Egypt warns Morsi supporters to clear protest encampments in Cairo


A supporter of ousted president Mohamed Morsi looks on during a protest near Rabaa al-Adawiya mosque in Cairo, Egypt, 23 July 2013. (MOHAMMED SABER/EPA)

Egypt’s Interior Ministry warned supporters of ousted president Mohamed Morsi on Thursday to clear encampments where they have been protesting for the past month, on a day when Secretary of State John F. Kerry said that the military intervention that forced out the country’s first democratically elected president was about “restoring democracy.”

The Interior Ministry’s call to vacate the two Cairo sit-in sites was widely seen as a precursor to sending in security forces to crush the protests and raised the prospect of renewed violence after a month in which security forces killed at least 140 Morsi supporters near Cairo’s Rabaa al-Adawiya Mosque. With thousands of people still clustered in that area, any attempt to disperse protesters would likely be bloody.

The government’s warning was immediately rejected, however, by an alliance of Morsi supporters, who called for protests Friday “in all Egyptian streets and squares, in all provinces, cities and villages.”

The sit-ins “represent a threat to Egyptian national security and are unacceptably terrorizing to citizens,” Interior Ministry spokesman Hani Abdel Latif said in a statement broadcast on state television Thursday. The ministry urged protesters “to go back to reason, put the interests of the country up front, obey the public interest, and quickly leave the squares and evacuate them to ensure the safety of all.”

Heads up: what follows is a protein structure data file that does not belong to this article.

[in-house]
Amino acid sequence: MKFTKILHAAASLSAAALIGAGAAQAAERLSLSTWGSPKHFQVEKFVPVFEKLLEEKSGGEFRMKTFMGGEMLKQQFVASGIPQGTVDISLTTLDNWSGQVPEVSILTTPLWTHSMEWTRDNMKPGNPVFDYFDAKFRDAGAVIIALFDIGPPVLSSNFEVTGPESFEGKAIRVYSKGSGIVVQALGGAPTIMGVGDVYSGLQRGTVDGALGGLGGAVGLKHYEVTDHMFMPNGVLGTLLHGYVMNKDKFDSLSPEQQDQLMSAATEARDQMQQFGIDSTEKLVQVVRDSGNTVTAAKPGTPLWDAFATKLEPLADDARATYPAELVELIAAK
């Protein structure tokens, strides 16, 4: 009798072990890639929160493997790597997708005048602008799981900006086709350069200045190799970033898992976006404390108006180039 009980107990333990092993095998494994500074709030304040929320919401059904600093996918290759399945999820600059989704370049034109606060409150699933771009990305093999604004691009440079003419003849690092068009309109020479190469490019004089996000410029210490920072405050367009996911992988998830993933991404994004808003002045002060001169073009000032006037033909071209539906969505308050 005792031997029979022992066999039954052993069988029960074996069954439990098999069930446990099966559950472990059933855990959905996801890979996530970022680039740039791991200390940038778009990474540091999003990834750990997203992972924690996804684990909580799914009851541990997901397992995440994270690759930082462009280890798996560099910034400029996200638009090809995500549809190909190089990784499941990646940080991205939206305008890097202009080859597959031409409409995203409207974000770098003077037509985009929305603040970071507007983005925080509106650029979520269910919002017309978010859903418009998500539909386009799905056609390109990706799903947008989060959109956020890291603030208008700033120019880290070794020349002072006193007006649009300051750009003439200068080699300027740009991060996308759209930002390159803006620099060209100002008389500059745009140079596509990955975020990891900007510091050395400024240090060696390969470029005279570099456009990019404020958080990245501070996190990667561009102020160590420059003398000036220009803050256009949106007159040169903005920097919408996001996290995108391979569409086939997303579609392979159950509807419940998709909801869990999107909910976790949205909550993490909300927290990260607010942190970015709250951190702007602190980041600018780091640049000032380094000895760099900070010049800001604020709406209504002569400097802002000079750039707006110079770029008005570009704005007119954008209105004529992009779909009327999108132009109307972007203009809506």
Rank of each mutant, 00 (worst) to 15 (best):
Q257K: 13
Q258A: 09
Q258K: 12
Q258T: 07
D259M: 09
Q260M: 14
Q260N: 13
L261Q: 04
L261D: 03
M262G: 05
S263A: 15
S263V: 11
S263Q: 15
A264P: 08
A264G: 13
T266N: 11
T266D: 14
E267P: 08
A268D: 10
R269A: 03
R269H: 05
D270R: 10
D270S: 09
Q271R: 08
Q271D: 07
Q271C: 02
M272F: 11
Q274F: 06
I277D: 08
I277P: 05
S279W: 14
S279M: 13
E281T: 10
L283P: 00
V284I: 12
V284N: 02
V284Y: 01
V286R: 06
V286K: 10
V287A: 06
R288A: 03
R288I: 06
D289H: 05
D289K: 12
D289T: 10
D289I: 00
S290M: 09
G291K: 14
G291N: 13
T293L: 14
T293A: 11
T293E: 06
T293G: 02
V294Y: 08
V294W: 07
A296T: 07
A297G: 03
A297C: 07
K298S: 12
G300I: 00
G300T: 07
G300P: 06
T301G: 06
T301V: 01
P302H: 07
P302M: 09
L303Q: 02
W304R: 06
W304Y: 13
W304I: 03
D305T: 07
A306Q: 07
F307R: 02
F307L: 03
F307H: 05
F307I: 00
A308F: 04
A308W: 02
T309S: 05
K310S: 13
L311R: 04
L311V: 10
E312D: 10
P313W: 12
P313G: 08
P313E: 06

The ministry offered protesters “safe exit and complete protection” if they chose to leave the encampments, which have turned into entrenched tent cities whose residents include many women and children. Government officials have said that they plan to clear the sites in stages, first offering a warning, then using tear gas, then following up with greater force.

Thursday’s warning was followed by a military helicopter flyover of the Rabaa al-Adawiya encampment.

Also Thursday, after a month in which U.S. officials have gone to great lengths to avoid calling the military intervention that toppled Morsi a coup — a move that would halt the annual dispatch of $1.5 billion in U.S. aid to Egypt — Kerry offered the most extensive comments yet signaling that the administration is comfortable with Morsi’s ouster.

“The military was asked to intervene by millions and millions of people, all of whom were afraid of a descent into chaos, into violence,” Kerry said in an interview with Pakistan’s Geo TV during a two-day visit to Islamabad. “And the military did not take over, to the best of our judgment, so far — so far — to run the country. There’s a civilian government. In effect, they were restoring democracy.”

He added that the United States is “concerned” about violence, and he urged a peaceful resolution to the situation, although none appeared evident by late Thursday. Neither side has shown any indication of giving ground, with Morsi still being held in an undisclosed location and his supporters insisting that only he could lead any negotiations to resolve the conflict.

Kerry’s comments drew quick condemnation from a Muslim Brotherhood spokesman, Gehad el-Haddad, who called them “absurd” and said that Morsi supporters had no intention of disbanding their encampments.

“This is a population that has lost their fear element,” Haddad said. He added that a range of international delegations, from that of E.U. foreign policy chief Catherine Ashton to that of German Foreign Minister Guido Westerwelle, both of whom visited Cairo in recent days, had pushed Morsi supporters to pack up and go home.

“The political message was, in effect, consistent,” Haddad said. “The military has the guns, and you don’t. They all appeared to carry the same message, that we’re supposed to yield to the power of the coup and not fight it.”

Amer Shakhatreh contributed to this report.

Michael Birnbaum is The Post’s Moscow bureau chief. He previously served as the Berlin correspondent and an education reporter.
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